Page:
‘Wedding Album’ dives deep into familial dynamicsKatha Ghera’s newest production looks beyond the glitz and glamour of wedding preparations.
Ah, weddings. There is something festive yet melancholic about them. On the one hand, it celebrates union, but on the other, it also marks loss—of individuality and, in the case of many women, freedom. If one looks beyond the ornate sarees, the festivities, the music and the rituals, weddings often become a setting for unravelling biases, secrets and preconceived notions within the familial sphere.
Katha Ghera’s newest play, ‘Wedding Album’—an adaptation of the play by the same name by Indian playwright Girish Karnad—delves into exactly that. Karnad and, in its Nepali iteration, director Akanchha Karki, peer beyond the glitz and glamour of South Asian weddings to reveal the forces that drive our collective fascination with this particular ritual.
The play begins with a projection of a pre-wedding video of the bride, Bidushi Koirala (played by Ranjana Bhattarai). Her innocent, clumsy charm is apparent within the video as she mumbles and blushes while talking about her soon-to-be-husband and life. However, as the play progresses, the audience is forced to consider whether this innocent feminine charm is inherent or internalised (because of the patriarchal structures at play).
Bidhushi is the youngest in the Koirala family. The father (played by Aashant Sharma) is a military doctor, and the mother, Rukmani (played by Loonibha Tuladhar), is a homemaker. Bidhushi’s eldest sister, Hema (Kenipa Singh Pahari), has returned home from Australia, and her elder brother, Rohit (Sudam CK), is a producer/filmmaker of some sort. There’s also another important person in the family, Kusum (played by Sebita Adhikari), the housekeeper.
It is soon revealed that Bidhushi’s marriage is an arranged one, and she has never met her soon-to-be husband in real life. This erks Hema, who diminishes Bidhushi’s and her family’s archaic beliefs and support for Bidhusi’s marriage. The family—modern in some aspects, traditional in others—is surprisingly okay when the youngest daughter is adamant about marrying a near stranger. However, it’s unclear why Bidhushi decided to do so.
It is within the preparations for her wedding that buried secrets begin manifesting themselves. Hema’s marriage seems to be in trouble, as she’s constantly anxious about her husband’s and son’s whereabouts in Australia. Bidhushi seems to be hiding something—and her frequent visits to a nearby cafe baffle others. There’s also the looming presence of the father’s brother, Hira, a deceased member whose actions continue to haunt the family.
As the wedding date nears, the men in the family—particularly the father and brother—are quick to dismiss the important things that need to be done, claiming the whole “shopping business” is not for them. This comes as a form of ‘weaponised incompetence’ where the men can avoid doing simple but essential tasks by feigning clumsiness or ignorance. This hints towards domestic inequality in the family, where the women have to take up the brunt of not only focusing on household tasks but also external duties.
However, the more refreshing take within the play is that the women aren’t just subordinated beings either. Each member has a particular bias (or more) within them—Rukmani cares too much about what society thinks, Hema projects her personal troubles to her sister, and Rohit comes off as a shallow, frivolous individual.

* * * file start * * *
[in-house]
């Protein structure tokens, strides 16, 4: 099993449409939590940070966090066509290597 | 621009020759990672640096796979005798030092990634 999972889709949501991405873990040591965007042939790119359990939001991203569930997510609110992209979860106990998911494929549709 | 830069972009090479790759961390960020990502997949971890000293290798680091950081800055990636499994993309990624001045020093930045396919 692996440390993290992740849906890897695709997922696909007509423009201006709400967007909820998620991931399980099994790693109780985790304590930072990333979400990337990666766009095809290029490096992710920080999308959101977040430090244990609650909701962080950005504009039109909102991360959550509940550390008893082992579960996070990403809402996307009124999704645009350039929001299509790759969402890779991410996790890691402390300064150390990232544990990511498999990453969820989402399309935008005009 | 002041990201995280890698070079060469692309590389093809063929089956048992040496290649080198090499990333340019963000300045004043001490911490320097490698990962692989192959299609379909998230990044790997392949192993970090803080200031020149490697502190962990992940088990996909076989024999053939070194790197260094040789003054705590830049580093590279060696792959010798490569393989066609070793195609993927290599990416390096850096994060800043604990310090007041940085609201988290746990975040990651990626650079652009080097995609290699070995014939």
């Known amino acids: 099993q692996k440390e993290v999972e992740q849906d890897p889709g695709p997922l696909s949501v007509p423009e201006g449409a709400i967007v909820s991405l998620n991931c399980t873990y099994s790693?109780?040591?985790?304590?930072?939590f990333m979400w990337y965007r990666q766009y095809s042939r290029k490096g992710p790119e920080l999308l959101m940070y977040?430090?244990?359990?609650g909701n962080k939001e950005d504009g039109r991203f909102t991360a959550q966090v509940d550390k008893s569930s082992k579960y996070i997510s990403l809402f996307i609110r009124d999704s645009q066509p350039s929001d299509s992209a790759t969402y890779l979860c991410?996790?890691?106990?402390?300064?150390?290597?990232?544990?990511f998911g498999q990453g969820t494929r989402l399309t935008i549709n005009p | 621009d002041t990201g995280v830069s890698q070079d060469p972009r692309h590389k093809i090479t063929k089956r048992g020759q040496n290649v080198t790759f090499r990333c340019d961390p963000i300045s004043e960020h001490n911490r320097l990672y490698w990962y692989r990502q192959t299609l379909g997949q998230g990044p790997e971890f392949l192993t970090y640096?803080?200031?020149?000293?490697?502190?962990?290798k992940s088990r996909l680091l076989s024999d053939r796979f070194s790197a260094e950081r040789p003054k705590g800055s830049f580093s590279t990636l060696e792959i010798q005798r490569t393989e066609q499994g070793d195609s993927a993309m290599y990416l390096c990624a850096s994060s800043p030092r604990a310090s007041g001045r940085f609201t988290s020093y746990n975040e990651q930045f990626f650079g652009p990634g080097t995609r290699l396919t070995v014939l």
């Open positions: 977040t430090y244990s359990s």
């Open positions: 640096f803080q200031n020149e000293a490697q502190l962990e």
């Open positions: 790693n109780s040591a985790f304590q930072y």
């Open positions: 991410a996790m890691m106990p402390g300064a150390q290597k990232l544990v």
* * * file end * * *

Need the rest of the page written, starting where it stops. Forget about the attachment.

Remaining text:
Similarly, the entire family projects a diminishing gaze on the housekeeper, Kusum, whose anger is simply dismissed as hysteria and her story—one of poverty and loss—is treated as a fantastical fiction and later appropriated by Rohit for a TV programme.
It is also interesting to see how Kusum herself self-polices—as shown by how she quietly sits herself on the floor while others rest on the sofa. This heartbreakingly reflects the covert ways in which class projects its sinister gaze within closed circles. Adhikari as Kusum is phenomenal; she carries the character so much depth that there’s not a single moment that alienates the viewers from her character.
Similarly, Tuladhar—whose film and theatre discography is filled with sincere performances—is great as Rukmani. She carries Rukamani with the grace that mothers have, one that transcends terrible circumstances that are thrust on them. However, Rukmani is also one of the most troubled characters in the play, as she is a stringent upholder of the status quo, even if it means sabotaging her family’s happiness.
The circular stage wheels around and transports us into two different periods. It is craftily designed and breathes life into the production. There are other subplots too—a rather comical one of relatives imposing a marriage proposal on Rohit, one with Hema and a neighbourhood boy, and the final one with Rohit’s discussions about his TV programme with a fellow female producer (played by director Karki).
These subplots often feel sanctioned off from the main flow of the play, and it leaves audiences wondering just what purpose it serves within the bigger picture. Moreover, ‘Wedding Album’ leaves behind too many loose threads—attempting to veer into something bold but dropping it carelessly, never bothering to conclude them.
As the play ends, we are left with a myriad of questions: what exactly happened with Hema and her husband? How was Bishushi’s first in-person meeting with her fiance? What was the deal with the beloved brother Hira? It’s upto the audience to draw their own elaborate conclusions.
Where: Kausi Theatre, Teku, Kathmandu
When: Till October 14
Show time: 5:15 pm, extra 1:00 pm show on Saturdays, closed on Tuesdays